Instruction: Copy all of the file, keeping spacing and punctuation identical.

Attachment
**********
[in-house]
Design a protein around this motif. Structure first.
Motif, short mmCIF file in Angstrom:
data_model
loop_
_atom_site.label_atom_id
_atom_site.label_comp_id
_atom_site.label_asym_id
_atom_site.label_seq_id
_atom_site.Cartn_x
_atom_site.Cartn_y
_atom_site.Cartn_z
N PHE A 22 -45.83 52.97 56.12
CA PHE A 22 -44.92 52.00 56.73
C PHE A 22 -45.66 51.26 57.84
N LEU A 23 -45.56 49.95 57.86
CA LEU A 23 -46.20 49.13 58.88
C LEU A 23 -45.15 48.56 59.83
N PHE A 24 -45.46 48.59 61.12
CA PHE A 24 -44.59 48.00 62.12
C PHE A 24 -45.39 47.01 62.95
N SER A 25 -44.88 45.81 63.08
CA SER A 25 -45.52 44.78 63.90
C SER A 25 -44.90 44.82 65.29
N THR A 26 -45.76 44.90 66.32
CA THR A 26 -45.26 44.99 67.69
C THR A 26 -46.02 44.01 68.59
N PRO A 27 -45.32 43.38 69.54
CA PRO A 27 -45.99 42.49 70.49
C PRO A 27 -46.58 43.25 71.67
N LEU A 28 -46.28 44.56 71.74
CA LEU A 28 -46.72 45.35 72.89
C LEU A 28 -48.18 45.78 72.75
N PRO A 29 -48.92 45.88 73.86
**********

[in-house]
Design a protein around this motif. Structure first.
Motif, short mmCIF file in Angstrom:
data_model
loop_
_atom_site.label_atom_id
_atom_site.label_comp_id
_atom_site.label_asym_id
_atom_site.label_seq_id
_atom_site.Cartn_x
_atom_site.Cartn_y
_atom_site.Cartn_z
N PHE A 22 -45.83 52.97 56.12
CA PHE A 22 -44.92 52.00 56.73
C PHE A 22 -45.66 51.26 57.84
N LEU A 23 -45.56 49.95 57.86
CA LEU A 23 -46.20 49.13 58.88
C LEU A 23 -45.15 48.56 59.83
N PHE A 24 -45.46 48.59 61.12
CA PHE A 24 -44.59 48.00 62.12
C PHE A 24 -45.39 47.01 62.95
N SER A 25 -44.88 45.81 63.08
CA SER A 25 -45.52 44.78 63.90
C SER A 25 -44.90 44.82 65.29
N THR A 26 -45.76 44.90 66.32
CA THR A 26 -45.26 44.99 67.69
C THR A 26 -46.02 44.01 68.59
N PRO A 27 -45.32 43.38 69.54
CA PRO A 27 -45.99 42.49 70.49
C PRO A 27 -46.58 43.25 71.67
N LEU A 28 -46.28 44.56 71.74
CA LEU A 28 -46.72 45.35 72.89
C LEU A 28 -48.18 45.78 72.75
N PRO A 29 -48.92 45.88 73.86